Invercargill, New Zealand Glaciers and Mazes

Things are getting kind of strange.

I just drove into Invercargill and checked into Gerard’s Hotel on Esk street. This is my first time in a real bed with sheets and everything in 6 days and I wanted to go crazy with a night in a decent hotel. I wanted a tv, a phone, my own bathroom – all those opulent luxuries. Avoiding the big chains, and finding that most everywhere is full since I didn’t book ahead of time, I wound up here.

This place was built in 1896, and I don’t think it’s changed much since. The room I’m in now is sort of late Victorian ghetto, with the requisite creaky floors, sink in a weird place, and door that leads to a brick wall. I’m in room number 3. My key is one of those enormous brass ones that Ben Franklin used to tie onto kites (note to Australians: nevermind).

None of this would seem odd to me if I were in England, or even somewhere like Massachusetts or Vermont. But I’m on the southern tip of New Zealand. Most everything down here is fairly modern, then suddenly I drive into this colonial time warp called Invercargill. And it’s not like I’m on a historical tour or anything. It’s a cheap, dingy hotel.

There was a lot of whaling done around here back then. That interests me a lot. Folks would leave from Nantucket or Manhattan, make their way down to this area, then wander back to their port of departure, oh, about…15 years later. That’s pretty amazing.

Those whaling guys sure did things on a grand scale. They went out for years at a time, circling a largely unexplored globe to hunt the biggest animals that have ever existed. And it didn’t used to be such an easy thing catching whales – just ask Captain Ahab.

Some changes to the site today. You may notice some new faces bobbing around. That’s Sophie and Brad, who are joining me for different legs of the trip. Their heads will grow to full size once they join up with me. Also, the U.S. map is up. Kristin and Thomas, I don’t have any pictures of either of you, so as soon as you send me some, I’ll slap you up there too.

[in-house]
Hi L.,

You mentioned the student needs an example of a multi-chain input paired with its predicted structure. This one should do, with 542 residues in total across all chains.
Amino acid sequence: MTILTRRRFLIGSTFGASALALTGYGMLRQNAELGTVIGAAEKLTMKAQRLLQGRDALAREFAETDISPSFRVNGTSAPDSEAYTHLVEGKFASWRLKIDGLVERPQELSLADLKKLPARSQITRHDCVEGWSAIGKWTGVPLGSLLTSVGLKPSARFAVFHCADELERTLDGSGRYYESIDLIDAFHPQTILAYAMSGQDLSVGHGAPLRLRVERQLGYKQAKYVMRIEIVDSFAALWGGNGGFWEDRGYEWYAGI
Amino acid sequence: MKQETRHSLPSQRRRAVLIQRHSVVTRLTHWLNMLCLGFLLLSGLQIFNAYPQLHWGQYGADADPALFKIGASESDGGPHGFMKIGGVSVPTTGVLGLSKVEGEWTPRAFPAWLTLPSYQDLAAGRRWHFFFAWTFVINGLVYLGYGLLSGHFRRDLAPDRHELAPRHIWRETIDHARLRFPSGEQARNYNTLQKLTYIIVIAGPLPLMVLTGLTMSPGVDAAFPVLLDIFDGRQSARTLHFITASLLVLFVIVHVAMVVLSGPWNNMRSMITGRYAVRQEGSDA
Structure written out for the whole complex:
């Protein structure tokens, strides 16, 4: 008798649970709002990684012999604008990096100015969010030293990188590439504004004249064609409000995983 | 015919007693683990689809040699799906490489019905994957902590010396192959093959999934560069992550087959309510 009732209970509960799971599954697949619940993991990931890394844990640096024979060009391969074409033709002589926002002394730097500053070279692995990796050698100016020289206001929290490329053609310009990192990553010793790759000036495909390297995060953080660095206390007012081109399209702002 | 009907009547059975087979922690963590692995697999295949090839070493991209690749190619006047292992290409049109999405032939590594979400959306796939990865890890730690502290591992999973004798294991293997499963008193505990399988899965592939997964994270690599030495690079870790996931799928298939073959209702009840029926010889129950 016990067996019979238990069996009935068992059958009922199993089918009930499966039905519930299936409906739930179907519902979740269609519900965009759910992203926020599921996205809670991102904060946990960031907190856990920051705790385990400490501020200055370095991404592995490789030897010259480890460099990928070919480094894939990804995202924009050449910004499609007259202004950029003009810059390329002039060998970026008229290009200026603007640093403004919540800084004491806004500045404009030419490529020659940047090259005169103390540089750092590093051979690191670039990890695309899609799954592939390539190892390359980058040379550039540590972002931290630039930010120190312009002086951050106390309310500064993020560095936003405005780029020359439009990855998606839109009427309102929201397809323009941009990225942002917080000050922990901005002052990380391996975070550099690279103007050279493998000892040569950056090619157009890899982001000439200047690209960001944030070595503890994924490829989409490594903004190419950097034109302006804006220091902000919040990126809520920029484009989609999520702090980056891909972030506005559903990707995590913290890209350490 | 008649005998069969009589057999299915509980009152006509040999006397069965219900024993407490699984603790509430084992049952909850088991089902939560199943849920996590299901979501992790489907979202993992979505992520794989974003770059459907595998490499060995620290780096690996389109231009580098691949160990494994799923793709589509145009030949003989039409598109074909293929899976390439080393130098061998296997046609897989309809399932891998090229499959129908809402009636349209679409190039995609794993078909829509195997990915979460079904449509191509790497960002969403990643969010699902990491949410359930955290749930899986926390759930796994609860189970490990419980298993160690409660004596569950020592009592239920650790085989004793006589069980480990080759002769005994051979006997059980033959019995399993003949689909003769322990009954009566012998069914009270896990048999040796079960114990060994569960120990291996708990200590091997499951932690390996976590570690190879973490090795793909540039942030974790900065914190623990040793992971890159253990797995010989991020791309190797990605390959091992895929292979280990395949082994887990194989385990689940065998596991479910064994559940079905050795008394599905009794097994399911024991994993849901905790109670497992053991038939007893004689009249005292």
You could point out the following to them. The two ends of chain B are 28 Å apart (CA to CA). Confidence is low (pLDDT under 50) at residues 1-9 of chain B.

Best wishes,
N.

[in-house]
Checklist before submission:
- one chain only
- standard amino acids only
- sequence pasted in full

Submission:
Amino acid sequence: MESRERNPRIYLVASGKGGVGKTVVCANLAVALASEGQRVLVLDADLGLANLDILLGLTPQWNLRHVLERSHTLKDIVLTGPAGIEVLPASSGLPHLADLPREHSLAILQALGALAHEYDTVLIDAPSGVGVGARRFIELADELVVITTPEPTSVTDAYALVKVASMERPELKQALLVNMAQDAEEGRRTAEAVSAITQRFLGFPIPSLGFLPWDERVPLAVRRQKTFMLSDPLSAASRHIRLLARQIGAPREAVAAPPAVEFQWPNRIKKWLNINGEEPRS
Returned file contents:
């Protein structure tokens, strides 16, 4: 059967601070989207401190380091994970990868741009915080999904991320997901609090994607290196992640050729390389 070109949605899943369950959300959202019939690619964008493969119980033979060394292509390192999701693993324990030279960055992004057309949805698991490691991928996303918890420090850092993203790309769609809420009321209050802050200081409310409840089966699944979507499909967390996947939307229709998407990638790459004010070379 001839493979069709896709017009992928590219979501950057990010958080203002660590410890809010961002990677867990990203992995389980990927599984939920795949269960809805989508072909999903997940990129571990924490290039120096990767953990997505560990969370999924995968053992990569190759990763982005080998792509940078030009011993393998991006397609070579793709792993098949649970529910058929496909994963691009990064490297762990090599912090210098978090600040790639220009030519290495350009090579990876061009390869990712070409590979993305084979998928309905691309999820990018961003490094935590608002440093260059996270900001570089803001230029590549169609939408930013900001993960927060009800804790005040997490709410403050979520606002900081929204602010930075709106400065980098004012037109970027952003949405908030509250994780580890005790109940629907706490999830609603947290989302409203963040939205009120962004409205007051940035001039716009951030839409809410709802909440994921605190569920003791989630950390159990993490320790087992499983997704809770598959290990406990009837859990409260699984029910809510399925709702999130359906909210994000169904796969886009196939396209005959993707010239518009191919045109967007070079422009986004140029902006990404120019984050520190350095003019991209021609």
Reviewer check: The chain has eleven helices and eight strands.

Tomorrow I’m going to try and get down to Stewart Island. It’s the little-known or visited third island in New Zealand, and it’s one of the southernmost human settlements on Earth. Outside of Antarctica, the tip of South America, and a handful of uninhabited islands, it’s as far south as you can get. It’s also, without a doubt, the closest I’ve ever been to the south pole. I get a big kick out of that.

In Christchurch, they discourage juvenile delinquency by making the boys dress up like Sky Masterson from Guys and Dolls.

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I’ve got a lot of catching up to do.

Over a week ago now, I went on a day hike up Fox Glacier. It was fun-ucational.

Crampons are an unpleasant name for ice climbing cleats. I don’t want to wear anything called a crampon.

I finally learned what those pickaxes are for that old-fashioned mountaineering guys carry. They’re used to carve out footsteps in the ice, and they’re very handy. Our guide took us up almost sheer vertical surfaces, and we didn’t even really need handholds.

We ran into a mummified possum about halfway up the glacier. It’d been in the ice for who-knows how many years. Its fur was mostly gone and its skin was like leather strips wrapped around bone. The guy in front of me was standing on it when I nudged him to look down. He handled the moment well.

A glacier is like a river moving in slow motion. There’s a big chunk of ice up in the mountains and it’s spilling out into the sea. The ice is coming down through a narrow pass at 3 to 5 meters a day and carrying tons of rock along with it. Once the glacier has melted completely, what you’ve got left is a fiord. More on fiords later.

It was really interesting how much the glacier changed every day. They were constantly hacking out new steps and paths, as the old ones immediately started moving and reshaping once they were made. The guide goes up there daily, and hardly anything is familiar from one visit to the next.

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…boring pictures.